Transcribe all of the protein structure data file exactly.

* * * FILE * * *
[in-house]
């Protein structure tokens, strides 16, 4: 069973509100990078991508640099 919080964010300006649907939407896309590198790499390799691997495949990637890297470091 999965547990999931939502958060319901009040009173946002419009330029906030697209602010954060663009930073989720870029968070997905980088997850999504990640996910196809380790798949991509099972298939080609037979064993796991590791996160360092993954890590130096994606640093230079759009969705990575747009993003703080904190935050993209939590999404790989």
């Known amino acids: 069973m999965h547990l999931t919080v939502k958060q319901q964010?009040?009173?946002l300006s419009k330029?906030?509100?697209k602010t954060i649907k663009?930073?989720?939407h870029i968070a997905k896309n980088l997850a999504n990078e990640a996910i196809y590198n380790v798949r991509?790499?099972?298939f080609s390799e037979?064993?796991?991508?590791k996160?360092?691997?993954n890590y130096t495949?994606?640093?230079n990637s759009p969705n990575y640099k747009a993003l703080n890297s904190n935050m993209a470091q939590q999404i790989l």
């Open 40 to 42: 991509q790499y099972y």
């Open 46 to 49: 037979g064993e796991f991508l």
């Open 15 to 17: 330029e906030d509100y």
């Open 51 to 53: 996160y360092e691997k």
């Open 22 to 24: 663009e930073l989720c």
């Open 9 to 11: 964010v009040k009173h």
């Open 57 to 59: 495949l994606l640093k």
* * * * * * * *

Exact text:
[in-house]
């Protein structure tokens, strides 16, 4: 069973509100990078991508640099 919080964010300006649907939407896309590198790499390799691997495949990637890297470091 999965547990999931939502958060319901009040009173946002419009330029906030697209602010954060663009930073989720870029968070997905980088997850999504990640996910196809380790798949991509099972298939080609037979064993796991590791996160360092993954890590130096994606640093230079759009969705990575747009993003703080904190935050993209939590999404790989």
């Known amino acids: 069973m999965h547990l999931t919080v939502k958060q319901q964010?009040?009173?946002l300006s419009k330029?906030?509100?697209k602010t954060i649907k663009?930073?989720?939407h870029i968070a997905k896309n980088l997850a999504n990078e990640a996910i196809y590198n380790v798949r991509?790499?099972?298939f080609s390799e037979?064993?796991?991508?590791k996160?360092?691997?993954n890590y130096t495949?994606?640093?230079n990637s759009p969705n990575y640099k747009a993003l703080n890297s904190n935050m993209a470091q939590q999404i790989l």
């Open 40 to 42: 991509q790499y099972y």
């Open 46 to 49: 037979g064993e796991f991508l």
């Open 15 to 17: 330029e906030d509100y």
């Open 51 to 53: 996160y360092e691997k």
């Open 22 to 24: 663009e930073l989720c």
């Open 9 to 11: 964010v009040k009173h």
């Open 57 to 59: 495949l994606l640093k």